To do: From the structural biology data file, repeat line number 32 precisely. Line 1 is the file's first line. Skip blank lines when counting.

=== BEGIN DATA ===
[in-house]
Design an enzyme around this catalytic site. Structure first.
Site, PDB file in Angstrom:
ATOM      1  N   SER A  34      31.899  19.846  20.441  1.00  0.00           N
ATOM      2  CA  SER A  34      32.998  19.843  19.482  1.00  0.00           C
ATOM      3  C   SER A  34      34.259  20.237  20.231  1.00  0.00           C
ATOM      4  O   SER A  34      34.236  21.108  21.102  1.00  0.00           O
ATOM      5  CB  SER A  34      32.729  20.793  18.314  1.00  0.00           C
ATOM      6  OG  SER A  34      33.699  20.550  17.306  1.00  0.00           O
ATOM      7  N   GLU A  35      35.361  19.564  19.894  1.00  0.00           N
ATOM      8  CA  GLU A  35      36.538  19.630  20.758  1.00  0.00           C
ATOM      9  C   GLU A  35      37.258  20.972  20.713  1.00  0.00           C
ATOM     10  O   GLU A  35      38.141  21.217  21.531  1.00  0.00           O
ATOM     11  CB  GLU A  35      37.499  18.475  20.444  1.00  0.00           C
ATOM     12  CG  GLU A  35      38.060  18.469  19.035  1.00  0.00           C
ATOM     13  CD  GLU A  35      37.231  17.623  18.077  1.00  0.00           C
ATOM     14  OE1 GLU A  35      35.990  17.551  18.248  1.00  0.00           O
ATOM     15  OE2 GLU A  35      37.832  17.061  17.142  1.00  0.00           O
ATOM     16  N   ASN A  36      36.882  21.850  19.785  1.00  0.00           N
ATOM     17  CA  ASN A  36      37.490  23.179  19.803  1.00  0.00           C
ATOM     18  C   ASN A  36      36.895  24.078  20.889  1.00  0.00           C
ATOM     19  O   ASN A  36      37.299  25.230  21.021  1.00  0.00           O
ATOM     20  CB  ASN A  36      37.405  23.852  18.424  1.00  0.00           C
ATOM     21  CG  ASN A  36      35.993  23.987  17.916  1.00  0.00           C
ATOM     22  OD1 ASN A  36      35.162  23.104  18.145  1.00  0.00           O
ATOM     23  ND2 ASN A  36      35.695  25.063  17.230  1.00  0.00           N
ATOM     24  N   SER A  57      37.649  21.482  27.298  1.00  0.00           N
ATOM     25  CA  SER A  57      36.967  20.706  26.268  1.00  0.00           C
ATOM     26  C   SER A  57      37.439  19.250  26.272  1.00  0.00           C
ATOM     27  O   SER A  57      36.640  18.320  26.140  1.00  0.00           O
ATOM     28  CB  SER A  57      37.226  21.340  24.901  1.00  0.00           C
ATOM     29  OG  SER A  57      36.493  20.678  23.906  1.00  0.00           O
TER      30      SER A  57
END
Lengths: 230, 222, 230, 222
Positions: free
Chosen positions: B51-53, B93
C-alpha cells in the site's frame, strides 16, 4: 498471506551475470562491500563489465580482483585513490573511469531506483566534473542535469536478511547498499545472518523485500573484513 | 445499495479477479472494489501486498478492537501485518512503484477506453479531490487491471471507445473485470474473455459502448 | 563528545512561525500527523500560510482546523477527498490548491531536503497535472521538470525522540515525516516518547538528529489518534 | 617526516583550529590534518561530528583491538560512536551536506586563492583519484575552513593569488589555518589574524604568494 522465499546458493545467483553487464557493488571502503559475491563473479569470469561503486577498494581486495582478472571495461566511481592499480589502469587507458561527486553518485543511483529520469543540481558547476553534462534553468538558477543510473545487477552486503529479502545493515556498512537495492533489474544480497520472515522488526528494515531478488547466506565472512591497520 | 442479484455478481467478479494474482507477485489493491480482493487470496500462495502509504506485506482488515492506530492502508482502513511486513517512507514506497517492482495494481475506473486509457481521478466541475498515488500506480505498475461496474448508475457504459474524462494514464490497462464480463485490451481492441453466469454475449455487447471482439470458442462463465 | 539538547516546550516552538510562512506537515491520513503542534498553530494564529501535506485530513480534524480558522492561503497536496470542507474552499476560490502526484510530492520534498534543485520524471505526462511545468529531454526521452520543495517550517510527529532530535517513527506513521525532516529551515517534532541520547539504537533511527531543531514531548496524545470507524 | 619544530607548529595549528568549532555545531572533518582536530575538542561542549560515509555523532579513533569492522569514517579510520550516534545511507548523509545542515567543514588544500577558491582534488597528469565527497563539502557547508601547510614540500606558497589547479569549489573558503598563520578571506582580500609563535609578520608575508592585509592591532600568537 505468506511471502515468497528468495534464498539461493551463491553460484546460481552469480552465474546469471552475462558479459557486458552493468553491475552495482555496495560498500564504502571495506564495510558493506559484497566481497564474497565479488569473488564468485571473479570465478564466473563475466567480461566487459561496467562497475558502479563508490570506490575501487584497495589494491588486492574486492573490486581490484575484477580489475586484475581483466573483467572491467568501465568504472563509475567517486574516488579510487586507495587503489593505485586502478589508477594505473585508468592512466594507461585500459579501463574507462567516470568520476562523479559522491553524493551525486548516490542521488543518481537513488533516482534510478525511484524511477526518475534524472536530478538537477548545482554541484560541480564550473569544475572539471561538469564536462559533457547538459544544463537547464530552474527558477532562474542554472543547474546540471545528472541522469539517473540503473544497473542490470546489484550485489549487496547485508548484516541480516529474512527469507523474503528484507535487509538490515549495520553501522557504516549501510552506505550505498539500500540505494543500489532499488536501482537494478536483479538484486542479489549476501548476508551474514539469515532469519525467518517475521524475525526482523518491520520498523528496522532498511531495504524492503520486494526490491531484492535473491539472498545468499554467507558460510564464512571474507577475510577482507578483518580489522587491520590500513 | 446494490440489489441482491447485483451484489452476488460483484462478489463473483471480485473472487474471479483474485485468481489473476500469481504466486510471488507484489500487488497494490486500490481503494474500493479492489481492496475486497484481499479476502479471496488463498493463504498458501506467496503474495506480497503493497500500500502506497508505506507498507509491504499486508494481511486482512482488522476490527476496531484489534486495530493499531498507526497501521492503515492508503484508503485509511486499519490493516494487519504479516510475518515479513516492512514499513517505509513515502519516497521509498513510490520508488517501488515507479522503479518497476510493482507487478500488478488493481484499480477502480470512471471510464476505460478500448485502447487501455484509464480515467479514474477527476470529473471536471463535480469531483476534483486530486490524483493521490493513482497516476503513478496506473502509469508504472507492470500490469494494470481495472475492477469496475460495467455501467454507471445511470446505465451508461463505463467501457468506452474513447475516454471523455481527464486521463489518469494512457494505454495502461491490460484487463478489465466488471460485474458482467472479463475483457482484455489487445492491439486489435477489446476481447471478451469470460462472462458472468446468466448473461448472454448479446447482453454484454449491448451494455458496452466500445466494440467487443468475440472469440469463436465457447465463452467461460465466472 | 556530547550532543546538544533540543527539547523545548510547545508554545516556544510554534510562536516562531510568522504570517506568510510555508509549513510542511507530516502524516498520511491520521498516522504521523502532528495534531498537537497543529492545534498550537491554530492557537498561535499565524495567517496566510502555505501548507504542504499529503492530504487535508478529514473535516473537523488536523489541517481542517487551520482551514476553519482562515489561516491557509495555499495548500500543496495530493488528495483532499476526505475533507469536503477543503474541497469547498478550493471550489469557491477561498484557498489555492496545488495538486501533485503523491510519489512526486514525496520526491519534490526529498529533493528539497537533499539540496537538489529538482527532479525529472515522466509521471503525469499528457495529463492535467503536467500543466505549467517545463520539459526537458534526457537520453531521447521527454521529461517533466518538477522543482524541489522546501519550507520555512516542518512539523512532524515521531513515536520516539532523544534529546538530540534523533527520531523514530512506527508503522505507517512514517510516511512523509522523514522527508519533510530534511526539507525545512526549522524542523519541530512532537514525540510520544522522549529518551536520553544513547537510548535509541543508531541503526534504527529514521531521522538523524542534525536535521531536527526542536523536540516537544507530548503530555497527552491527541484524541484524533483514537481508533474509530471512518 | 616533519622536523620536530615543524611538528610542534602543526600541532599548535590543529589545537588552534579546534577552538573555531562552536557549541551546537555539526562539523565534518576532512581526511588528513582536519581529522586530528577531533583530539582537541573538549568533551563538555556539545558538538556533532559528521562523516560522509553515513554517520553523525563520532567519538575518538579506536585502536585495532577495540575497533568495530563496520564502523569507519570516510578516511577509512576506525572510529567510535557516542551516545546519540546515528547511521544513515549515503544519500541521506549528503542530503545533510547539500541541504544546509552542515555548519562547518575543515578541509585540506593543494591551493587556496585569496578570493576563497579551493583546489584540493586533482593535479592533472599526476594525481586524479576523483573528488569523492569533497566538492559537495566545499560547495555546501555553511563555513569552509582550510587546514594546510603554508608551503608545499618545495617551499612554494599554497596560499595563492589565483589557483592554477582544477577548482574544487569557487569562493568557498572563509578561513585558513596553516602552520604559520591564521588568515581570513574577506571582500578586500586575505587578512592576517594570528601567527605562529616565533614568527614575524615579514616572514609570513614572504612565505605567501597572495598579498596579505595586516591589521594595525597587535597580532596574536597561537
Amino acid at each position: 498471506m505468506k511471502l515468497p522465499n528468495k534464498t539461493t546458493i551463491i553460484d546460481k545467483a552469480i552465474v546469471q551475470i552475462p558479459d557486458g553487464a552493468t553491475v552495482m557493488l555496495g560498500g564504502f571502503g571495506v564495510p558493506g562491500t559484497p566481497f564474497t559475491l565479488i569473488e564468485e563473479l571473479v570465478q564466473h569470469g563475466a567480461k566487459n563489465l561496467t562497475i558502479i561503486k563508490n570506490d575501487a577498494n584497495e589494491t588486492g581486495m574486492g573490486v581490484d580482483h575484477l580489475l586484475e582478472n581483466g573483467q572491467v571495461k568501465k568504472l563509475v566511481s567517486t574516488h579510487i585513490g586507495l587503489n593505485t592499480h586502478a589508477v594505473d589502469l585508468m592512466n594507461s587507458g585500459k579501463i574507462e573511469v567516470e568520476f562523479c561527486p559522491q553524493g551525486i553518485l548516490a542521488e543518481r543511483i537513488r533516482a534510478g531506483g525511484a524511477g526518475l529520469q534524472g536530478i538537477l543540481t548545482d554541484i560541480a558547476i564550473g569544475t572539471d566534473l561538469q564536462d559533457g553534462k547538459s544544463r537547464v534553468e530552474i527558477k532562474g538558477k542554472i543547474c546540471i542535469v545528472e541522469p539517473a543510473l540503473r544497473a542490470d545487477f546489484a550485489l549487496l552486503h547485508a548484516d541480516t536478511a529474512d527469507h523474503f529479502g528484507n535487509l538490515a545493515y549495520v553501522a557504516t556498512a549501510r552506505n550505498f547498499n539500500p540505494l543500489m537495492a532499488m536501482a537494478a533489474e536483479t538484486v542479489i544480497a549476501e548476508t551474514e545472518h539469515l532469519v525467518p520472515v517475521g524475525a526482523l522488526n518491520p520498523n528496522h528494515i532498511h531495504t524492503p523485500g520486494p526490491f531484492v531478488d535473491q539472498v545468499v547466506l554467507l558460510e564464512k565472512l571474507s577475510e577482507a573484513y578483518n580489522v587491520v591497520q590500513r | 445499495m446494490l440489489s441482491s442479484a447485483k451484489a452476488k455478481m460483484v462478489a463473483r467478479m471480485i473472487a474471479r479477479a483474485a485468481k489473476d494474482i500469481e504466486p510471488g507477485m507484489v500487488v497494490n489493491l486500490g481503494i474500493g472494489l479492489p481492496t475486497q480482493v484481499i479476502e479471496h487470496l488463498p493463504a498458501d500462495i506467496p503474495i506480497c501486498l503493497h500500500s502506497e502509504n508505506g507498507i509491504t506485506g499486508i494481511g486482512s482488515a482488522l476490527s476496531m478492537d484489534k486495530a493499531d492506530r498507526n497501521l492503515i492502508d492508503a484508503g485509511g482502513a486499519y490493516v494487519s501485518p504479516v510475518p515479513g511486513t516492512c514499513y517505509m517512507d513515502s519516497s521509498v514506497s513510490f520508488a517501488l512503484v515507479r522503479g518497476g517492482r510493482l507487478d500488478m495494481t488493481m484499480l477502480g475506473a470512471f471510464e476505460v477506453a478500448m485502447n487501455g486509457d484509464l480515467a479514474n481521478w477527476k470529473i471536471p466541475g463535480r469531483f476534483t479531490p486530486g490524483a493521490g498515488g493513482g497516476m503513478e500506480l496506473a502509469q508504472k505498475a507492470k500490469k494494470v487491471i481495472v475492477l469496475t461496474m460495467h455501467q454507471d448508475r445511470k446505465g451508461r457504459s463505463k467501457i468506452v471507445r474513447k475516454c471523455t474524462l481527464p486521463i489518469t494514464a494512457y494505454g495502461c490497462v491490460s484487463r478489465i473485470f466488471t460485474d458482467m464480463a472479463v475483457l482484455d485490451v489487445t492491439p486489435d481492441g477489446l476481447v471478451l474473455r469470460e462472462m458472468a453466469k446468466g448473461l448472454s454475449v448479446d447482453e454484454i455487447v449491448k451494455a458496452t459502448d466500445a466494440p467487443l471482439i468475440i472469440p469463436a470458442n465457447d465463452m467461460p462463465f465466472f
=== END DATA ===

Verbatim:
ATOM     29  OG  SER A  57      36.493  20.678  23.906  1.00  0.00           O